Work-related injuries can take many forms, not just those that occur within the workplace. In New Jersey, if a worker suffers injuries in a car accident while on the job, they may qualify for worker’s compensation benefits.
It is important to understand how worker’s comp works so you can apply for the benefits you deserve.
Decoding ‘work-related’ car accidents
New Jersey’s worker’s compensation laws offer coverage to employees injured while carrying out work-related duties. This coverage includes employees injured in car accidents during work hours.
Any accident that happens while an employee carries out a job duty or activity benefiting the employer might qualify as work-related. This includes driving to deliver goods, traveling to meet clients or running errands for the employer.
Understanding what worker’s compensation covers
Worker’s compensation benefits take care of medical expenses, temporary total benefits, permanent partial benefits and permanent total benefits. The coverage pays for necessary and reasonable medical treatment, prescriptions and hospitalization services related to the work injury.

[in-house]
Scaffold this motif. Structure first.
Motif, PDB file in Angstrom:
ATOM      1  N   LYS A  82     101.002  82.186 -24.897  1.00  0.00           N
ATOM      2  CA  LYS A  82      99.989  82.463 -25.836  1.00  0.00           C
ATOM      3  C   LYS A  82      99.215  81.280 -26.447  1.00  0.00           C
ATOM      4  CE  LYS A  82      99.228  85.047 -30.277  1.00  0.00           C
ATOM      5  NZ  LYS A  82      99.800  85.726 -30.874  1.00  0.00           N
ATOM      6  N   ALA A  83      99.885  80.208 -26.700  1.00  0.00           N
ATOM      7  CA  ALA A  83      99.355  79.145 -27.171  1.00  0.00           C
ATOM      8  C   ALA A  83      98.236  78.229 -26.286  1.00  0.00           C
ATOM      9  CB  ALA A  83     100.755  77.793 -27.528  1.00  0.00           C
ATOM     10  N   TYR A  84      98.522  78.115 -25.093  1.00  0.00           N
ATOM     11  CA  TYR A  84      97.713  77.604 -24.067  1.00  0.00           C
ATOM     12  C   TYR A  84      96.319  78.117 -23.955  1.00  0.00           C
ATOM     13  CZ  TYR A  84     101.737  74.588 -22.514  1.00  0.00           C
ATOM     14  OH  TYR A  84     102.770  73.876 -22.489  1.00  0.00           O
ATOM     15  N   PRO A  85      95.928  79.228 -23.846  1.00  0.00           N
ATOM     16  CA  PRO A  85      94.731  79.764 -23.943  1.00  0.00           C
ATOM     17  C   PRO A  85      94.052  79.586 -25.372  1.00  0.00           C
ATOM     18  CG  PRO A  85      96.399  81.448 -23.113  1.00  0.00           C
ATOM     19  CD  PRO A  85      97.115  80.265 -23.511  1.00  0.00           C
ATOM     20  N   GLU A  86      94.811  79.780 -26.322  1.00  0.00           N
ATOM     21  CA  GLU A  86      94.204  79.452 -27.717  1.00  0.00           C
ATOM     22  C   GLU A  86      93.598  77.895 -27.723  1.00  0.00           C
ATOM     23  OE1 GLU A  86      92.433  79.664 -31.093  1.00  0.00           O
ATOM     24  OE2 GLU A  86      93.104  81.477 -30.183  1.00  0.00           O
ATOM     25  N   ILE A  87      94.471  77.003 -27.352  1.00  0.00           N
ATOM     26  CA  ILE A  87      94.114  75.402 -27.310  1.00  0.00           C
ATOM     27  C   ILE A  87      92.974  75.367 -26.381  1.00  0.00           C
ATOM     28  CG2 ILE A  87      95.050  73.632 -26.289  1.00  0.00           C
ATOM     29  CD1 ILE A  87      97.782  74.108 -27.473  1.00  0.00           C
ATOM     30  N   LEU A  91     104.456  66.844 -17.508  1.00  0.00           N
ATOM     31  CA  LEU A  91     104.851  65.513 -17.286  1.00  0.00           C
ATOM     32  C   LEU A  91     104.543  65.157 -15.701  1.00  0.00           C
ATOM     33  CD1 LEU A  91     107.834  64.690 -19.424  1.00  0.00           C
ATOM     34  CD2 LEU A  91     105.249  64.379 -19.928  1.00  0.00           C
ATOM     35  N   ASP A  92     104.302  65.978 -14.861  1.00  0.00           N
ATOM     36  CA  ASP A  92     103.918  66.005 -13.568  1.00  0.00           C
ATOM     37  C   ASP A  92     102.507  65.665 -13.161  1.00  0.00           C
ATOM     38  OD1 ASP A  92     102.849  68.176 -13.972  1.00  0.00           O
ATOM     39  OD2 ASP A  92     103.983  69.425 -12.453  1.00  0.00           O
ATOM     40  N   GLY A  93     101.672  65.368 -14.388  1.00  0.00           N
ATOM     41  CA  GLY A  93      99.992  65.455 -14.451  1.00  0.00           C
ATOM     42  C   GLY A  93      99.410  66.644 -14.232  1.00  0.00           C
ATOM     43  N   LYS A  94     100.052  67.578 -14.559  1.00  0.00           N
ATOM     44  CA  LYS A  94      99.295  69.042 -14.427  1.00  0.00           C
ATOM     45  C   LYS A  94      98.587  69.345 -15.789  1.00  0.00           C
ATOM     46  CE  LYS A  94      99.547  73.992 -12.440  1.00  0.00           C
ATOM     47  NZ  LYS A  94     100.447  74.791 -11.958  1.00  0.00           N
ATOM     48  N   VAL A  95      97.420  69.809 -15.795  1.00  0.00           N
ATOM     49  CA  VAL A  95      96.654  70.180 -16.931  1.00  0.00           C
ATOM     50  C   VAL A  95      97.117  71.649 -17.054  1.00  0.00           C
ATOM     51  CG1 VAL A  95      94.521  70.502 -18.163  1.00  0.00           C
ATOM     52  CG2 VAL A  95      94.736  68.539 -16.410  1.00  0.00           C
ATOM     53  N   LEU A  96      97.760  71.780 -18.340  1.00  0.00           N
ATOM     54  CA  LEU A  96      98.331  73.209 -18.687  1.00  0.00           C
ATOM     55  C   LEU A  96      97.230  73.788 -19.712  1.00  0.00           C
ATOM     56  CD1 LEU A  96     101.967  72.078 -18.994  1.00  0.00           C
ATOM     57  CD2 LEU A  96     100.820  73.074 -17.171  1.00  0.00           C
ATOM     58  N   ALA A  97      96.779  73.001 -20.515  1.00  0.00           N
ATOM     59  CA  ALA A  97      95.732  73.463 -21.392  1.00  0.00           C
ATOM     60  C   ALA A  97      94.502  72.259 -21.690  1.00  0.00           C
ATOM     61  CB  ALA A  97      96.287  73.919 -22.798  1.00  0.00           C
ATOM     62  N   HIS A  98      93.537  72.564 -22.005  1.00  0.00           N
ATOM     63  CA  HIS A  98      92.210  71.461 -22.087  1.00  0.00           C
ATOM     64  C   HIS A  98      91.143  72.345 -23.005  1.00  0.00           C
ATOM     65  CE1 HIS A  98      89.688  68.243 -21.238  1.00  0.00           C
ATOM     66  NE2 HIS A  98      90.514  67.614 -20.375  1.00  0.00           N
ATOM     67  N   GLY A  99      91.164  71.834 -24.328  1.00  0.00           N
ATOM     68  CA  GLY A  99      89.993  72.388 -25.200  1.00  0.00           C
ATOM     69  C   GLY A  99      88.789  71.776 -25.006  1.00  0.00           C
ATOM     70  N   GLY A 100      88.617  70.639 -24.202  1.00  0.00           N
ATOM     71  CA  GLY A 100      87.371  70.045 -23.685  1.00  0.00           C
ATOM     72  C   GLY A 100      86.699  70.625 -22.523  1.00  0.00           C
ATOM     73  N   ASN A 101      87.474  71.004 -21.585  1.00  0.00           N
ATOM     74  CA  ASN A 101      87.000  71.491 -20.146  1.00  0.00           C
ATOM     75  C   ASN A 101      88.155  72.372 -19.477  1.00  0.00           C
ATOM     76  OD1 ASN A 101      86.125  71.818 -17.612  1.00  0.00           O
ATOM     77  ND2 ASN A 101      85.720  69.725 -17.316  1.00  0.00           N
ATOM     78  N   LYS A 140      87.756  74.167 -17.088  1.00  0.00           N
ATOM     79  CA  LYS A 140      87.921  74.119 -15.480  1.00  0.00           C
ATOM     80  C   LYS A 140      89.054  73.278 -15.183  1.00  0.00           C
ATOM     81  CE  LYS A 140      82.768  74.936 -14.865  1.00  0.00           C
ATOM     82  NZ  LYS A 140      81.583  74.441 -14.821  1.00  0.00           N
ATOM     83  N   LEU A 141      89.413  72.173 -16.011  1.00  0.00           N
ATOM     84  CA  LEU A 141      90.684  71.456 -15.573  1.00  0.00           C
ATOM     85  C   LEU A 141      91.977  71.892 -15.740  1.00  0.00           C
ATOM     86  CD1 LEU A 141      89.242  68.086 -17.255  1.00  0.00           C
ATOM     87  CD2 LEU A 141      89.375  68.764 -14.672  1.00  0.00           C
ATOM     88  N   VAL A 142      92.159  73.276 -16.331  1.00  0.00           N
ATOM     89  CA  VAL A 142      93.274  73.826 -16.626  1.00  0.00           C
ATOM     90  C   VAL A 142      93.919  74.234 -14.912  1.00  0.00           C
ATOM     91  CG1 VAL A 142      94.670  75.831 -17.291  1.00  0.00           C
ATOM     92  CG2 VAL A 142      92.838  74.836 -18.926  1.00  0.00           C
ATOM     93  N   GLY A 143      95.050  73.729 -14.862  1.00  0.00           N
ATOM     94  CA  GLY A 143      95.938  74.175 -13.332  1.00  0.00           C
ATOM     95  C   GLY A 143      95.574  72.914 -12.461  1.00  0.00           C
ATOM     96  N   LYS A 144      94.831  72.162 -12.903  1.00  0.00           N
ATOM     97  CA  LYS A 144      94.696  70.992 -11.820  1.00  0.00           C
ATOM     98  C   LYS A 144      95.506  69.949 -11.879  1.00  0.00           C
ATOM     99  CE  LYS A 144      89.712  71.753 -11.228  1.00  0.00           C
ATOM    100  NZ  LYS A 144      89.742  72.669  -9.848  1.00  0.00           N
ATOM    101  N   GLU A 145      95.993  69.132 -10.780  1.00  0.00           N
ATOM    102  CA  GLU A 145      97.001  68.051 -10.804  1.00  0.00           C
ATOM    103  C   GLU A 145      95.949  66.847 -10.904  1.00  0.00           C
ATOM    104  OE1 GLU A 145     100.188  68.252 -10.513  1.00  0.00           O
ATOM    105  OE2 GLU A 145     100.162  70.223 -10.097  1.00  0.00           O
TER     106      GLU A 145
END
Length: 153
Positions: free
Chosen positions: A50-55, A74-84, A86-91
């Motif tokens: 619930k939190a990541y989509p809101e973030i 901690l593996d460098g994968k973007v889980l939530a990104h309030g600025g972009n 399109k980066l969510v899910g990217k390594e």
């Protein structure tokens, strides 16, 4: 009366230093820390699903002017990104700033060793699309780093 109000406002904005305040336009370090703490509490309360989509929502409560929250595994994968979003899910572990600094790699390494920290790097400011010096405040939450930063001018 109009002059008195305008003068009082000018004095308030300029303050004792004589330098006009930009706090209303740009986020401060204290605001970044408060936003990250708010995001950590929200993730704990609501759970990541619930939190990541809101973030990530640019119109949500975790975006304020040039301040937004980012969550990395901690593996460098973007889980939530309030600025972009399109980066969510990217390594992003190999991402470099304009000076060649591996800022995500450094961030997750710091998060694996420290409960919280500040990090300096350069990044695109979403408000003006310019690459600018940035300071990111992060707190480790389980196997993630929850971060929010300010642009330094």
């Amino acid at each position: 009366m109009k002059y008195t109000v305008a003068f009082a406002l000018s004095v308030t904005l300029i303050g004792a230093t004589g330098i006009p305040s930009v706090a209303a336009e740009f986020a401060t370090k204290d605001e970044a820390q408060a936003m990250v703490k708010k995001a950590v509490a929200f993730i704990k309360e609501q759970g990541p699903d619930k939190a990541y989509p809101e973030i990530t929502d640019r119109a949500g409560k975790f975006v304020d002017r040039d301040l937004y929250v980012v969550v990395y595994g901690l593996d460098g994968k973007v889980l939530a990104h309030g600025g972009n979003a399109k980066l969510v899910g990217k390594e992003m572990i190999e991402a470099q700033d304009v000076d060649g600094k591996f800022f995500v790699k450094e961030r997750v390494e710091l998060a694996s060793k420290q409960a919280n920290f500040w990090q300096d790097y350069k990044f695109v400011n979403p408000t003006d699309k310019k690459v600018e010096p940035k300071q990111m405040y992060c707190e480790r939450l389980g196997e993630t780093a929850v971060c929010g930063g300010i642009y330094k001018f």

If an employee cannot work for more than seven days, they generally receive temporary total benefits. Permanent total benefits come into play when the worker cannot return to work permanently. Permanent partial benefits are payments made when a worker has a permanent disability that is not total.
Claiming worker’s compensation
To claim worker’s compensation benefits, the worker must report the accident to the employer immediately. After the worker reports the incident, the employer or their insurance carrier can assign a physician to treat the injured worker. The employer’s insurance carrier or the employer themselves, if they are self-insured, will cover all bills for necessary and reasonable treatment related to the work injury.
If you were in a work-related accident in New Jersey, take the necessary steps to get workers’ compensation.